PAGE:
Cosmologists say they’ve found compelling evidence that massive galaxies were already in place when the universe was less than a billion years old. Aided by vast amounts of unseen matter, these galaxies pulled in enough material to produce the cosmos’ first supermassive black holes and fuel the first quasars, the researchers report.
Astronomers have been astonishingly successful in finding distant quasars, beacons of light hundreds of times brighter than the galaxies in which they’re thought to reside. Some of these quasars are so remote that the light now reaching Earth was emitted when the universe was less than a billion years old.
The very existence of these ancient beacons has left astronomers with a challenge of cosmic proportions. They hold that the brightest quasars are fueled by supermassive black holes, the gravitational monsters that reside in galaxies a trillion times as massive as the sun. Could such galaxies have formed so soon after the Big Bang?
According to the prevailing cosmological model, the answer is yes–but only if dark matter, a type of invisible matter, makes up most of the mass in the universe.
In that case, vast dark-matter halos that surrounded each primordial galaxy would have pulled in the huge amounts of hydrogen gas necessary to form supermassive black holes and fuel quasars.
The infalling gas left a distinctive signature in the quasar light reaching Earth, two cosmologists assert in the Jan. 23 Nature. Indeed, the spectra of two of the most distant, and therefore earliest, known quasars display that signature, note Rennan Barkana of the Tel Aviv University in Israel and Abraham Loeb of the Harvard-Smithsonian Center for Astrophysics in Cambridge, Mass.
“If this signature is confirmed, it would provide the first observational evidence that quasars are embedded in great halos of dark matter,” says Laura Ferrarese of Rutgers University in Piscataway, N.J.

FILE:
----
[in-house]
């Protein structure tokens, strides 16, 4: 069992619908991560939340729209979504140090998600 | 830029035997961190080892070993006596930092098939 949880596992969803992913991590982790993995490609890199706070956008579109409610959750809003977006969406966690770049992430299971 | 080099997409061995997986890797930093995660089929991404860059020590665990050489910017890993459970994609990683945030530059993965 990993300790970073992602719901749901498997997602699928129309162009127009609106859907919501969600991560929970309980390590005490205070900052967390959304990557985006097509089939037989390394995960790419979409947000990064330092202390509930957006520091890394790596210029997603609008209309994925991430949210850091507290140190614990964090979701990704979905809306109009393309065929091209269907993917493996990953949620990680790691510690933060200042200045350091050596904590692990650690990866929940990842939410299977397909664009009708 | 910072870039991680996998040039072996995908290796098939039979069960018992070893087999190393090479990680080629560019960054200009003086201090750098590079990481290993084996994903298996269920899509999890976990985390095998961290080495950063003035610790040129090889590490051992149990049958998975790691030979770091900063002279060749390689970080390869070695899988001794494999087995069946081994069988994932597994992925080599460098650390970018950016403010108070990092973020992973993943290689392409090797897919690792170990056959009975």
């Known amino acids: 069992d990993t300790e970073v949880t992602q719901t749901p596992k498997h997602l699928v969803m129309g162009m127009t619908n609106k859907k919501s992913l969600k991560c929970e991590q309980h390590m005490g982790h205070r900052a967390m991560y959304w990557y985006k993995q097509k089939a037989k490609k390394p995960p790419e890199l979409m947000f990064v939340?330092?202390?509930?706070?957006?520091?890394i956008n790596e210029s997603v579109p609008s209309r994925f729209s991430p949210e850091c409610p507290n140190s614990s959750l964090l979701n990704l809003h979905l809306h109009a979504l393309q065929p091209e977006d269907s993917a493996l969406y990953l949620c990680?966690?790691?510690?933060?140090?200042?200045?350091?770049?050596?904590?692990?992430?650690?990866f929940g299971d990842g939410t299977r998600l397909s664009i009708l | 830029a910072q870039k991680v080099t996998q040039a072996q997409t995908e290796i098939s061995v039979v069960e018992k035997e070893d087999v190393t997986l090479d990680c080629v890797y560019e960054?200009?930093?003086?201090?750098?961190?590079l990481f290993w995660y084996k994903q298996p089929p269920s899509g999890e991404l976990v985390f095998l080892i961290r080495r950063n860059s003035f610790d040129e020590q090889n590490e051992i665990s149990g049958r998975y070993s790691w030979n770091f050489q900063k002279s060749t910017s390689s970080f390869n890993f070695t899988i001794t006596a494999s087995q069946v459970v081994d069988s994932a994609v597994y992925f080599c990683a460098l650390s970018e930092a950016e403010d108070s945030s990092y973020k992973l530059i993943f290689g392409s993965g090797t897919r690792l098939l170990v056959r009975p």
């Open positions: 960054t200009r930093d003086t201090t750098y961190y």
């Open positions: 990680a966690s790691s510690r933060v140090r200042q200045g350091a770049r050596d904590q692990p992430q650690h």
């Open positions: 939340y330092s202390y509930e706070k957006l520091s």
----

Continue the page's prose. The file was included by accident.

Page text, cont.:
Subscribe to Science News
Get great science journalism, from the most trusted source, delivered to your doorstep.
In their work, Barkana and Loeb considered the effect that infalling hydrogen gas would have on the light emitted by a distant, unusually bright quasar. In the vicinity of such a quasar, the beacon’s ultraviolet light would ionize all incoming hydrogen gas. Ionized gas can’t absorb radiation, so the quasar light would pass through that material unimpeded. But just outside that vicinity, the infalling gas would pile up and have sufficient density to avoid ionization and absorb a specific wavelength of light emitted by the quasar.
Spectra of two of the most distant quasars show such an absorption feature. From their analysis of these spectra, Barkana and Loeb calculate that each year, these two quasars’ galaxies pulled in hydrogen gas weighing 1,300 and 2,900 times the sun’s mass. At those rates, each galaxy could easily have formed the quasar and its black hole power source in just a few hundred million years.
At a meeting of the American Astronomical Society in Seattle earlier this month, a research team including George Djorgovski and Milan Bogosavljevic of the California Institute of Technology in Pasadena reported that a few other distant quasars show the absorption feature predicted by Barkana and Loeb.
The gas falling toward the most distant quasar known has such a high velocity that it suggests the beacon’s host galaxy resides in an extraordinarily dense region of space, Djorgovski says. That finding fits a popular model in which the earliest massive galaxies arose in the densest regions of the cosmos, over time becoming even more massive by consuming their smaller galactic neighbors, Loeb notes.
If you have a comment on this article that you would like considered for publication in Science News, please send it to firstname.lastname@example.org.